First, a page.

Unity causes the target to receive a command (rather than allowing it to receive a command in the normal way). This has the following implications.

Unity and Unleash Hell

As discussed above, the structure of the core command abilities allows for more complex interactions. Unleash Hell is perhaps the best example.

I’ve highlighted the text to illustrate the structure.




The red text contains the trigger for use and any restrictions on use.

The restrictions on issuing are in yellow text contained in 6.0 (distances from HEROES and TOTEMS, and unit champions).

The green text sets out restrictions on receiving the command. However, for the second and third unit in the relay, Unity skips straight past all of these steps “that other unit also receives the command.” There is one use and one issue, but multiple units receive one after another.

The blue text is the effect of the ability. All units that receive the command can shoot (at -1 to hit). 

Finally, the purple text is the restriction on the effect. Units X and Y are both forced to shoot the charging unit.

Unit X must satisfy the 9” restriction in green text to receive the command. However, unit Y does not need to satisfy this restriction as it receives the command via an ability (not via the Core Rules), and to the extent there is a soft contradiction, the ability prevails.

This allows an Iliatha army to deploy deep and still Unleash Hell. This is particularly the case as the first unit to receive the command can be a VANARI Warden unit, that then relays the command along the chain to the shooting units far behind. The danger of this approach, which I’ve seen against Stormcast Vanguard Raptors is that an enemy that can shoot out one of the links on the chain can disrupt the whole army (which is so very narrative).

It’s worth noting that even though a unit within 3” of another enemy unit can receive the Unleash Hell command via Unity, it still cannot shoot out of combat due to rule 10.1.1, which prevents targeting any other units outside of 3”.

This is less powerful and flexible than the Vulcha, which allows for a second independent Unleash Hell in the same phase (which is hard to counter).

The structure of other Core Command Abilities is similar and simpler:


A similar analysis applies.

One of the upsides is that this allows units Y and Z to receive the Rally command even if they are in combat. This has proven to be a nice-to-have in practice rather than anything pivotal.


The other implication is that it’s possible to issue commands in a triangle formation such that one unit receives two different commands in the same phase. Due to rule 1.6, Unity overrides the specific part of rule 6.0 regarding receipt of commands.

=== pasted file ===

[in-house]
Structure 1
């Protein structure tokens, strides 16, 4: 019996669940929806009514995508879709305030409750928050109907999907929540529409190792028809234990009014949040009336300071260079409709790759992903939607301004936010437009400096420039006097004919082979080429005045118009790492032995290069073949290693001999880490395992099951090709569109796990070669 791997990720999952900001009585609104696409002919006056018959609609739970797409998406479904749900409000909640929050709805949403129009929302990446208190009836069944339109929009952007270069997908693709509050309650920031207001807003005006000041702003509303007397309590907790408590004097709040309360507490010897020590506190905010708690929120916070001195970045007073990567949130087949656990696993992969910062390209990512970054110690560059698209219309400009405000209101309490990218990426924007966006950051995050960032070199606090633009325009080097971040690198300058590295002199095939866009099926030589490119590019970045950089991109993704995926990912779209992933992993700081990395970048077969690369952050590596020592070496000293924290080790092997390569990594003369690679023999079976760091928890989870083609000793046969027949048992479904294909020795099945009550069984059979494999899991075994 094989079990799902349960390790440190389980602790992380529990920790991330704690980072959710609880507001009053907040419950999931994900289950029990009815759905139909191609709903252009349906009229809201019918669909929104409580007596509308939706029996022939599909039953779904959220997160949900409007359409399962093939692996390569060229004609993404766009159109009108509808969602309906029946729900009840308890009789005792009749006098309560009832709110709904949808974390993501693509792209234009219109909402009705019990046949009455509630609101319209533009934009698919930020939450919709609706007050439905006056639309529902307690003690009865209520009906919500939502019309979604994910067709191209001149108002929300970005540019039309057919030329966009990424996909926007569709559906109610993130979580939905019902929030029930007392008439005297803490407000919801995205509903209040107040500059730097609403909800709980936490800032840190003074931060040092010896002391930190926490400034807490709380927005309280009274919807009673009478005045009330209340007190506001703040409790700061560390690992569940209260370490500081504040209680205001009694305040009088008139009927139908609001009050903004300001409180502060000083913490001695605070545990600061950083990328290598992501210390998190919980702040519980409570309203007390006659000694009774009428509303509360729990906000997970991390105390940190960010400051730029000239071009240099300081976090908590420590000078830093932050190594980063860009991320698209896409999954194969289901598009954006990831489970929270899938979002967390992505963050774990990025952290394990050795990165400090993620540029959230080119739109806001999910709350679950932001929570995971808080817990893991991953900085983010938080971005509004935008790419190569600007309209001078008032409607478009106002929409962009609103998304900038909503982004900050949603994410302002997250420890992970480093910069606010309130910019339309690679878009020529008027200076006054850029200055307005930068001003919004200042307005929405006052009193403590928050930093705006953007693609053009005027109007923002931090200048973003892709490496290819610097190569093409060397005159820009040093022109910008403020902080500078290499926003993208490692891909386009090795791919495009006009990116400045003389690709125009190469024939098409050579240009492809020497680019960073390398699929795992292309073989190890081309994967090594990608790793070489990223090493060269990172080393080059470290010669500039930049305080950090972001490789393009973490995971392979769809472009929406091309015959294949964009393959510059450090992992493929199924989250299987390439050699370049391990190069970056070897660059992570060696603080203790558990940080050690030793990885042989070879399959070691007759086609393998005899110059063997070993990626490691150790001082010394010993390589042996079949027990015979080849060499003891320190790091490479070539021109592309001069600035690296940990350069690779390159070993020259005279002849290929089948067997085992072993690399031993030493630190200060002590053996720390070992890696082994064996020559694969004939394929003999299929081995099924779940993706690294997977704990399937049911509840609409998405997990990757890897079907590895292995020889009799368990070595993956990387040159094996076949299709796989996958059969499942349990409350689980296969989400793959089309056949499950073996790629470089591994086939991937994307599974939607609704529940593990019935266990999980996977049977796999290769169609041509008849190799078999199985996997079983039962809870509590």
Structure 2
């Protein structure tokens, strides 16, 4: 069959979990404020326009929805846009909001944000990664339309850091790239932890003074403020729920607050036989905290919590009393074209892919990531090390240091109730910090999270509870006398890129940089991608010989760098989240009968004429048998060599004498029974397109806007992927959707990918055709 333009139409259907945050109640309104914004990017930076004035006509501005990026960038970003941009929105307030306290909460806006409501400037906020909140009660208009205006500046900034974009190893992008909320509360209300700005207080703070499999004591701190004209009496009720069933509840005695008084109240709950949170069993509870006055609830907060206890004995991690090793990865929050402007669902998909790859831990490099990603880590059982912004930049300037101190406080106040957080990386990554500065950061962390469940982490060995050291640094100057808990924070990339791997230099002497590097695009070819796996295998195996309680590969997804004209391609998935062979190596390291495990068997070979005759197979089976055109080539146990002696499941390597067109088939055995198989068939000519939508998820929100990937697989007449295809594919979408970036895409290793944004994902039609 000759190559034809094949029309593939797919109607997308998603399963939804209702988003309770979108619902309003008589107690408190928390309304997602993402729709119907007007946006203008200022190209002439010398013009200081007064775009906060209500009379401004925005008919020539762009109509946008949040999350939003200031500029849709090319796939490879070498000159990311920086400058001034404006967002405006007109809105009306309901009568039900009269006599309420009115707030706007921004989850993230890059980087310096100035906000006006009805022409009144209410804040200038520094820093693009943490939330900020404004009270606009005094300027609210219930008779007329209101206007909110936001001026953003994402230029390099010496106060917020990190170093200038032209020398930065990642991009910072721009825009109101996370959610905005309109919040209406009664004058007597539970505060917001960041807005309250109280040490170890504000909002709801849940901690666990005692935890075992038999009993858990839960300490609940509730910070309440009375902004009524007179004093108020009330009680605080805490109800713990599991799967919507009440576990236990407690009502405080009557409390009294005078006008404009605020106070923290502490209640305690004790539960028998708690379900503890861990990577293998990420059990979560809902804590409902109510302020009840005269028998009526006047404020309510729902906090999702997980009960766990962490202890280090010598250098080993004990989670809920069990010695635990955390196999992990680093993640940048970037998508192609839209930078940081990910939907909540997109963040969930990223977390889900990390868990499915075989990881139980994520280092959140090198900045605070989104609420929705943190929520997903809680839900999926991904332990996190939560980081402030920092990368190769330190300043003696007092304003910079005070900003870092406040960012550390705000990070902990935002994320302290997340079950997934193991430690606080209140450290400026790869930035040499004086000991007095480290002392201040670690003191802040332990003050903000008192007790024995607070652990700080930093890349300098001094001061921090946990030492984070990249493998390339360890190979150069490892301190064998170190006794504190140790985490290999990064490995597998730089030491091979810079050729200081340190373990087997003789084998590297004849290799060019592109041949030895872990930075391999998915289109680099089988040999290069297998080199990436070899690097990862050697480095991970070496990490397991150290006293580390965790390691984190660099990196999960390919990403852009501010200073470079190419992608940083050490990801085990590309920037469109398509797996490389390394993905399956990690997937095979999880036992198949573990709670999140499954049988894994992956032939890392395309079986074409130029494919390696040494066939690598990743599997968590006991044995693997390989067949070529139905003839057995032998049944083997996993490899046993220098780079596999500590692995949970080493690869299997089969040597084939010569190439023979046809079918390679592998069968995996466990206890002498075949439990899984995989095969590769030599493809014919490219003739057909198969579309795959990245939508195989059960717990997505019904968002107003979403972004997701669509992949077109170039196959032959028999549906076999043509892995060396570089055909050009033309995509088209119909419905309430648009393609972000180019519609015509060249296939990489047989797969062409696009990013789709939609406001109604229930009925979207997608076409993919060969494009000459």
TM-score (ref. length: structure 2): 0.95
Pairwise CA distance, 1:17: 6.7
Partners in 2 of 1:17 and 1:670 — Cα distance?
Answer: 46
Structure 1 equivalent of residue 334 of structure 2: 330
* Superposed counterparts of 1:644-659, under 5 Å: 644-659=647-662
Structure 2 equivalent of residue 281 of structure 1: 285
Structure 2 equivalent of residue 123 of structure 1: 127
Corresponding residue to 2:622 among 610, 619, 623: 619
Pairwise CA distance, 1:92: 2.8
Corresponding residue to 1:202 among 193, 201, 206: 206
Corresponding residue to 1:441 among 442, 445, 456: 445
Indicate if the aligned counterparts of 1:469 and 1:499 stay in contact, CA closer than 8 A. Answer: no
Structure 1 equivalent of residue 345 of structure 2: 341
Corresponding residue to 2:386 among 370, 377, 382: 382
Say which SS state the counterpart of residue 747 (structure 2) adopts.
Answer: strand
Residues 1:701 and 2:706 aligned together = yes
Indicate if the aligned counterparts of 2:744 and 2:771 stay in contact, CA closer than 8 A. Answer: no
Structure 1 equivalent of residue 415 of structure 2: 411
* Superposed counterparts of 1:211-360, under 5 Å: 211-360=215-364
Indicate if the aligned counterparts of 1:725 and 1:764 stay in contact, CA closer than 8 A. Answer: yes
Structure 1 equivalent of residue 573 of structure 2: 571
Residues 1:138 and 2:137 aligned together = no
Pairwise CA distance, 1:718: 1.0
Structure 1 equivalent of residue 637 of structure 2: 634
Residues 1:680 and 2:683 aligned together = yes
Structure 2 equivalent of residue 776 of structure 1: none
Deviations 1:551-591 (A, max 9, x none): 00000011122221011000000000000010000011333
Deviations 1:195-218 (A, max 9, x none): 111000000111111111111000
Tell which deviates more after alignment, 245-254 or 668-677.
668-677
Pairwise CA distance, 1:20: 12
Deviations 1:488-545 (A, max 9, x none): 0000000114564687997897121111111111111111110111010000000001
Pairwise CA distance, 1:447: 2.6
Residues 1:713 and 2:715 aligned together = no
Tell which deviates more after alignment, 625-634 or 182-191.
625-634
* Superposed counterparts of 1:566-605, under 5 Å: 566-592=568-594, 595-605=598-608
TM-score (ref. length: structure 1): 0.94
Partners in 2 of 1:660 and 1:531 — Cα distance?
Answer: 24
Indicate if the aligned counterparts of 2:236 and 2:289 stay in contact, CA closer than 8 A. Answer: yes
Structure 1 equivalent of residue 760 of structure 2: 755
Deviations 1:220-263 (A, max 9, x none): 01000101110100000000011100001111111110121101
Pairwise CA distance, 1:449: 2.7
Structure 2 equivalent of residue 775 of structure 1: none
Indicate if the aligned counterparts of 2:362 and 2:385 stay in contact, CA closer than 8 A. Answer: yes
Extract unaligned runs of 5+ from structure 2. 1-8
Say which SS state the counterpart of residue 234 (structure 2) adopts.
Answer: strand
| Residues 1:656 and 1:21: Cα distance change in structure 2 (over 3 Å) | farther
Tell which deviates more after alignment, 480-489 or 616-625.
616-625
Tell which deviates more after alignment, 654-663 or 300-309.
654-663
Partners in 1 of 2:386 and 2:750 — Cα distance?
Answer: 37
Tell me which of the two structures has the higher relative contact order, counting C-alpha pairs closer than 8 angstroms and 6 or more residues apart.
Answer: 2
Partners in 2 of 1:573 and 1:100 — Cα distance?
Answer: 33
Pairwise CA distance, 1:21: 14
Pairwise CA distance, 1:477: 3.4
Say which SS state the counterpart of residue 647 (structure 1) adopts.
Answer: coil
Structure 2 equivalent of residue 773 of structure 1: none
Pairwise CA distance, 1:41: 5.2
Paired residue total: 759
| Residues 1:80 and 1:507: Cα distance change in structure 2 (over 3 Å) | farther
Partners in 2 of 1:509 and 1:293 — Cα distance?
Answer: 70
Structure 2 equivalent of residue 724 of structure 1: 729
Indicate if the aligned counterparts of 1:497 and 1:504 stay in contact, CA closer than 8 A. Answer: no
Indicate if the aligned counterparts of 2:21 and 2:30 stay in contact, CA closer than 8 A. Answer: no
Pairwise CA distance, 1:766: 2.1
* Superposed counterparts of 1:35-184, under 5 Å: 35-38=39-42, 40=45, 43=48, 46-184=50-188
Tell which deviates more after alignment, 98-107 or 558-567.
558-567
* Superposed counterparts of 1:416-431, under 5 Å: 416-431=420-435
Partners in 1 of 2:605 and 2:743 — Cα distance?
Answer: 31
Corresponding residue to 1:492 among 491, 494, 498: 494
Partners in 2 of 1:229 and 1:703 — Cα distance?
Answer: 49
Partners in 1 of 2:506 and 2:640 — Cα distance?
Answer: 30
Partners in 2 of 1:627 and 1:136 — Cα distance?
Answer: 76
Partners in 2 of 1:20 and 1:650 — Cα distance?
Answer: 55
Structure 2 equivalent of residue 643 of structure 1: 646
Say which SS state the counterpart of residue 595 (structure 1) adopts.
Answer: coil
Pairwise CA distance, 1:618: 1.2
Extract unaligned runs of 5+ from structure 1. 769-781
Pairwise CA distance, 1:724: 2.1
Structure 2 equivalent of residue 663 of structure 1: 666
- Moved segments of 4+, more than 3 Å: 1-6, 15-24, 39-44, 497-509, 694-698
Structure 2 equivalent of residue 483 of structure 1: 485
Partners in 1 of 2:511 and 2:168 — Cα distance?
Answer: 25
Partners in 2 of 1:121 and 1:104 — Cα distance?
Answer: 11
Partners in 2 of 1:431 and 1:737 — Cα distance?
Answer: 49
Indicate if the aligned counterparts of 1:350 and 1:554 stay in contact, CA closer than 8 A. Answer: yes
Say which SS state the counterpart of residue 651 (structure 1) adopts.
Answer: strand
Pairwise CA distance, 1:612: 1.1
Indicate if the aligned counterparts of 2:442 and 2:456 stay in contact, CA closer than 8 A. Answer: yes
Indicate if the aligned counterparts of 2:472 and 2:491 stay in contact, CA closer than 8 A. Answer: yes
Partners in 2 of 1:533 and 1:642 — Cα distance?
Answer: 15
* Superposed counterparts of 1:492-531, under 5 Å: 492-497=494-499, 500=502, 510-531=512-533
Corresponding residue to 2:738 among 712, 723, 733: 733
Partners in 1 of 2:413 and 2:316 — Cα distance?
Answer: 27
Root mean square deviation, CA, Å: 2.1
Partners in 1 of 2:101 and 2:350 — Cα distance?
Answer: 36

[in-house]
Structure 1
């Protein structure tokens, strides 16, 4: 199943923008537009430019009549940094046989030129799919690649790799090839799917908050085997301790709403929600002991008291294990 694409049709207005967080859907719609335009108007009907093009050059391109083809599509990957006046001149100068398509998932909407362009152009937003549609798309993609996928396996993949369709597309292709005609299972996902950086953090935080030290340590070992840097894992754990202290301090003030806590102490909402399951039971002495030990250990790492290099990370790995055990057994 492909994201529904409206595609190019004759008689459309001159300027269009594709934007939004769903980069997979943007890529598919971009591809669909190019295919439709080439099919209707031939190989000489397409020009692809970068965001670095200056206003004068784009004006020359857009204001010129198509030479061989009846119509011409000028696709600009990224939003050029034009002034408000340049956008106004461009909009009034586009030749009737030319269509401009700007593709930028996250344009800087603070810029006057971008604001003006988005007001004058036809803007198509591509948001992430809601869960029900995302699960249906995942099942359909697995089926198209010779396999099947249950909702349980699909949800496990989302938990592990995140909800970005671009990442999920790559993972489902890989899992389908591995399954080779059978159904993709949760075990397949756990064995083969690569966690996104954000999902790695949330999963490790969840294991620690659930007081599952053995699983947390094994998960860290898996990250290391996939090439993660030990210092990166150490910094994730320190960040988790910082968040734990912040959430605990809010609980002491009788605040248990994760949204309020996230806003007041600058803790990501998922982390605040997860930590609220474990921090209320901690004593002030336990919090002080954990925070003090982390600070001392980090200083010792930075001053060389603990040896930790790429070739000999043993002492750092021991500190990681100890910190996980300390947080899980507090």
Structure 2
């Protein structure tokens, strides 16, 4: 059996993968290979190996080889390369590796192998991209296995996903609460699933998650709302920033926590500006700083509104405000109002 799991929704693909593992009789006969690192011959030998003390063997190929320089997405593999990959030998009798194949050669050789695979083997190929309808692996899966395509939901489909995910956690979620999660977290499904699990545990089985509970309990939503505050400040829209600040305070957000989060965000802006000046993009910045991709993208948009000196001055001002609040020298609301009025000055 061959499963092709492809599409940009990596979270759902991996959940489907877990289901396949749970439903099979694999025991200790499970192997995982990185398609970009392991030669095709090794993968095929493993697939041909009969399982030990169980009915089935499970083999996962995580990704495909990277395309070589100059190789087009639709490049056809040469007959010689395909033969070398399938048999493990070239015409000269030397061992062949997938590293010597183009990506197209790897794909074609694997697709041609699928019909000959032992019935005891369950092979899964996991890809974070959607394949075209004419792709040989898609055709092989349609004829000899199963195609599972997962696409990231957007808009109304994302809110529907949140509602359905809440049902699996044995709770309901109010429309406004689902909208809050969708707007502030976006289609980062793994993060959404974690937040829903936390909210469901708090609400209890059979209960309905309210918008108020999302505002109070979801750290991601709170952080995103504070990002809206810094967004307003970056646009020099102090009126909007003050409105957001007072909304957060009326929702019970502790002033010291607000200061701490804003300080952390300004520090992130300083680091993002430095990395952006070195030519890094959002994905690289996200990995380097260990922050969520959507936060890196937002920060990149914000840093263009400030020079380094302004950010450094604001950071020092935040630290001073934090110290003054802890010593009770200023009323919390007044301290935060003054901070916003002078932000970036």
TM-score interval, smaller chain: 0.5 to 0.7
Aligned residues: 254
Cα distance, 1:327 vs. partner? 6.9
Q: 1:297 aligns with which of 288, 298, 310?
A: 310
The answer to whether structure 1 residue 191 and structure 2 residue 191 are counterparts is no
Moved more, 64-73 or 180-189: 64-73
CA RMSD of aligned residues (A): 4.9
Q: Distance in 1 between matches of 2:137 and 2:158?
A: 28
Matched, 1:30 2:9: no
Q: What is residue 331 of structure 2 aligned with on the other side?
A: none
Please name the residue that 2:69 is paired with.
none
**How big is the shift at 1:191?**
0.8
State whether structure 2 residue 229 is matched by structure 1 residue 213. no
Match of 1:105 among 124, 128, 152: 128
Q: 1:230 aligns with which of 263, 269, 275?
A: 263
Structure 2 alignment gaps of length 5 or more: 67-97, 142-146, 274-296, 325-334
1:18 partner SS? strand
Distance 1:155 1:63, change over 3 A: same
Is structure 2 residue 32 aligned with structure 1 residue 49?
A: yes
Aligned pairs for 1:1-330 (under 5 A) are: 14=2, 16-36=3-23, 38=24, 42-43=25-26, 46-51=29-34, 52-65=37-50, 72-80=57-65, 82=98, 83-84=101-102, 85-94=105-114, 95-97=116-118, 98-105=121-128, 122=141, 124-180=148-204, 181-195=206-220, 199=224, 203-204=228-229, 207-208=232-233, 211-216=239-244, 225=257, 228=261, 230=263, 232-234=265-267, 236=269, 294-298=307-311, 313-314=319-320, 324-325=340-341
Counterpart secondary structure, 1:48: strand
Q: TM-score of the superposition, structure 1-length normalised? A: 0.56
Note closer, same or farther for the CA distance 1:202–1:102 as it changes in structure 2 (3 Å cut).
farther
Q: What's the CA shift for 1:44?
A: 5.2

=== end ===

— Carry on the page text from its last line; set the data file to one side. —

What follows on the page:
Specifically, unit X issues a command to itself, Unity relays the command to unit Y.

  • Now Unit X has issued and received.
  • Unit Y has received.

Unit Z now issues itself a different command. Unity relays this to Unit Y (and potentially onwards to Unit X). So Unit Y receives both commands.

It’s worth flagging at this point that AOA is of limited value for Vanari units (reliant on Mortals from unmodified hit rolls), and VANARI units have very few CAs. No +1 attack doubled up with +1 to hit and wound here. This is really only usable in the combat phase to give a key unit of Wardens AOD and Reroll Hits of 1 (the Iliatha CA, Strike in Unison). 

Purposive interpretation from the narrative text around the Rules

As discussed above, the narrative of Iliatha is units interspersed with magical clone-twins. The net effect of this is that the units act in a unified manner and copy each other as clones would do. This is in keeping with the effect of the rules: multiple units copying the lead of one unit by Unleashing Hell at the same target, clones putting up their shields in unison, fleeing clones seeing their respective twins rallying to the fight and following suit.

”The aggregate effect of having twins interspersed throughout the army and a healthy dose of forbidden sorcery gives the army its heightened unity and efficiency.”

The narrative is not that unit 1 is twinned with only unit 2, which would imply a more limited relay effect for Unity.

Games Played

I’ve played a handful of games with Iliatha and have tasted both defeat and victory.

Unity is a cool mechanic, but the 3” restriction is meaningful, and the sheer efficiency and counter-meta toolbox of Syar is hard to match (Goading Arrogance).

Another wave of Tyrionic Aelves with the VANARI keyword may be the thing that pushes Iliatha to the forefront! On the other hand, it’s unlikely that we’ll see many more command abilities, looking at recent Battletomes.

I’ll continue to recount my battles here as I play more games.





Edited by Nico